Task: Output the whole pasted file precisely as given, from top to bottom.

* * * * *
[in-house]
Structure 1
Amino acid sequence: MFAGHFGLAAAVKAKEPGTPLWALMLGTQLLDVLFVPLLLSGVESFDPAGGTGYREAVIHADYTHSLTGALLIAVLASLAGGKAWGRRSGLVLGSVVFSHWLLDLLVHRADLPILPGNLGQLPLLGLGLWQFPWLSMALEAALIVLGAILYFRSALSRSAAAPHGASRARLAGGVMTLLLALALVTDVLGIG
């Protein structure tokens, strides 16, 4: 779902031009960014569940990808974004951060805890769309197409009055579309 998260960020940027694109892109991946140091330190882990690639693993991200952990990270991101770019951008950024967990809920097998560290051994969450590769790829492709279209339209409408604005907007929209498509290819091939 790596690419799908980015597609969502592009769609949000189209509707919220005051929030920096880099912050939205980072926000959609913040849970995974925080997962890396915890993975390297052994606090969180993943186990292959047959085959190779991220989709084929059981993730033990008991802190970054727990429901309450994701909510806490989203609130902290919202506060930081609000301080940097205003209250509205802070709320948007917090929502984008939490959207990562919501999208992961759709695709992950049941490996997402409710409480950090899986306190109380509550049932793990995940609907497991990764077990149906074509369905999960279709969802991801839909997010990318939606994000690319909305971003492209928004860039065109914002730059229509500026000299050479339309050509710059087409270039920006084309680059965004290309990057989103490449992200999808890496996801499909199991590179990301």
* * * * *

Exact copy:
[in-house]
Structure 1
Amino acid sequence: MFAGHFGLAAAVKAKEPGTPLWALMLGTQLLDVLFVPLLLSGVESFDPAGGTGYREAVIHADYTHSLTGALLIAVLASLAGGKAWGRRSGLVLGSVVFSHWLLDLLVHRADLPILPGNLGQLPLLGLGLWQFPWLSMALEAALIVLGAILYFRSALSRSAAAPHGASRARLAGGVMTLLLALALVTDVLGIG
């Protein structure tokens, strides 16, 4: 779902031009960014569940990808974004951060805890769309197409009055579309 998260960020940027694109892109991946140091330190882990690639693993991200952990990270991101770019951008950024967990809920097998560290051994969450590769790829492709279209339209409408604005907007929209498509290819091939 790596690419799908980015597609969502592009769609949000189209509707919220005051929030920096880099912050939205980072926000959609913040849970995974925080997962890396915890993975390297052994606090969180993943186990292959047959085959190779991220989709084929059981993730033990008991802190970054727990429901309450994701909510806490989203609130902290919202506060930081609000301080940097205003209250509205802070709320948007917090929502984008939490959207990562919501999208992961759709695709992950049941490996997402409710409480950090899986306190109380509550049932793990995940609907497991990764077990149906074509369905999960279709969802991801839909997010990318939606994000690319909305971003492209928004860039065109914002730059229509500026000299050479339309050509710059087409270039920006084309680059965004290309990057989103490449992200999808890496996801499909199991590179990301």